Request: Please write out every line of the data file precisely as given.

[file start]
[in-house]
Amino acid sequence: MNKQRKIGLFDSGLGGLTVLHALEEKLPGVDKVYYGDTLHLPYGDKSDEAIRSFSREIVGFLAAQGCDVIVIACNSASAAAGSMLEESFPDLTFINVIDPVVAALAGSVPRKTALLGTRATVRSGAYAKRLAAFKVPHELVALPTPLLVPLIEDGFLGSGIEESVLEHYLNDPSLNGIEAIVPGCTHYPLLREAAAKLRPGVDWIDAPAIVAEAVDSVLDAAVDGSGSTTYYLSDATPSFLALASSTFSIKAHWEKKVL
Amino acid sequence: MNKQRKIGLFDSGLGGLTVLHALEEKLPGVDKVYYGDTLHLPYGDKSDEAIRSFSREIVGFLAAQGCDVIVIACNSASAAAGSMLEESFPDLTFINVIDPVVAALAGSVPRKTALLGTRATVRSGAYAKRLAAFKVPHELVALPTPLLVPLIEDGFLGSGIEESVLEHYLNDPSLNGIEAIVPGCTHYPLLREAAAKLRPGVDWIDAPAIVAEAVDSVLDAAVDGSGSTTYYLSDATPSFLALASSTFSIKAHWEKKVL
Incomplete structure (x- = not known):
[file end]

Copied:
[in-house]
Amino acid sequence: MNKQRKIGLFDSGLGGLTVLHALEEKLPGVDKVYYGDTLHLPYGDKSDEAIRSFSREIVGFLAAQGCDVIVIACNSASAAAGSMLEESFPDLTFINVIDPVVAALAGSVPRKTALLGTRATVRSGAYAKRLAAFKVPHELVALPTPLLVPLIEDGFLGSGIEESVLEHYLNDPSLNGIEAIVPGCTHYPLLREAAAKLRPGVDWIDAPAIVAEAVDSVLDAAVDGSGSTTYYLSDATPSFLALASSTFSIKAHWEKKVL
Amino acid sequence: MNKQRKIGLFDSGLGGLTVLHALEEKLPGVDKVYYGDTLHLPYGDKSDEAIRSFSREIVGFLAAQGCDVIVIACNSASAAAGSMLEESFPDLTFINVIDPVVAALAGSVPRKTALLGTRATVRSGAYAKRLAAFKVPHELVALPTPLLVPLIEDGFLGSGIEESVLEHYLNDPSLNGIEAIVPGCTHYPLLREAAAKLRPGVDWIDAPAIVAEAVDSVLDAAVDGSGSTTYYLSDATPSFLALASSTFSIKAHWEKKVL
Incomplete structure (x- = not known):